Hermann Hesse’s timeless classic Steppenwolf
has influenced and inspired entire generations. As the novel describes, Harry Haller feels that he lives ‘sometimes as a wolf, sometimes as a person’, furnished with the ability to observe himself in each state. But this duality that the Steppenwolf claims is soon undermined in the ‘treatise’: Harry consists ‘not only of two beings, but of hundreds, of thousands. His life shifts between innumerable opposing poles.’ Following the great Hesse craze of the 1960s and 1970s, Thomas Melle would now like to rediscover the author once again. Melle believes that our society is currently facing a turning point after a long phase marked by prosperity. Verbal and physical interactions are becoming more confrontational, and envy and anger are escalating. Harry Haller’s story takes place in a similar period of transition. Depression, cultural pessimism and the longing for intensity and excess pervade the discourses and lifestyles between which the middle ground is crushed. And so Harry Haller seems to be the example of an entire generation.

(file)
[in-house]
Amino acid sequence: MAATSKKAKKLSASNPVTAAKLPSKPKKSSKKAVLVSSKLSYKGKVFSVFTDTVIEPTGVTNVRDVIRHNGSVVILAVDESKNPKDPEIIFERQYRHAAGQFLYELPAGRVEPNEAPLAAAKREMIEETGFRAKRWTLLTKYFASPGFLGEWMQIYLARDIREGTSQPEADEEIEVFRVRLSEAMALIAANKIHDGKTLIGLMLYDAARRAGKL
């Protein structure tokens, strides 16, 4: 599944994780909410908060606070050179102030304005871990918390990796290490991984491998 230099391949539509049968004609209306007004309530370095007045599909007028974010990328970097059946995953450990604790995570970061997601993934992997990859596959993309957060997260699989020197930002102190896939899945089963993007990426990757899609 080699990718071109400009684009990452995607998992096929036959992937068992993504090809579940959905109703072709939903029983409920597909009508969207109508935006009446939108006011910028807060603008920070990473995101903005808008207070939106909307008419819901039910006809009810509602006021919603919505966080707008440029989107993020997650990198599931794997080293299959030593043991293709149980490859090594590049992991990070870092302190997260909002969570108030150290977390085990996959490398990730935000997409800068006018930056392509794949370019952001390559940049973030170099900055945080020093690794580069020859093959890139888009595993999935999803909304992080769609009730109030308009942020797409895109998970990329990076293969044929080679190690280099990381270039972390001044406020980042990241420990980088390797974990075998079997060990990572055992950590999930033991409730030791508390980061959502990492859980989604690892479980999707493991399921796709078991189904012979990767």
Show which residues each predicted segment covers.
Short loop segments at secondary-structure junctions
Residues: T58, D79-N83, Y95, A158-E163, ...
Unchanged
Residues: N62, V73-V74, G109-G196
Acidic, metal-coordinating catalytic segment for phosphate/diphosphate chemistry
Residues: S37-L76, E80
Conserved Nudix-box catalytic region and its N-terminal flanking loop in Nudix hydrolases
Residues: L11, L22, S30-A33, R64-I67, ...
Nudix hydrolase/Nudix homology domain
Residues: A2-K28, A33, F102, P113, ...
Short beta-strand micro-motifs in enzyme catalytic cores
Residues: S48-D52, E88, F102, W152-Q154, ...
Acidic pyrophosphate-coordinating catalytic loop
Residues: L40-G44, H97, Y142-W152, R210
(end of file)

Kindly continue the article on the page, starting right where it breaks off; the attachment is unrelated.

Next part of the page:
, this is the third production that Lilja Rupprecht is working on at the Deutsches Theater together with players from the DT ensemble and the Berlin RambaZamba Theatre
: The play explicitly describes violent acts that can be stressful or retraumatising.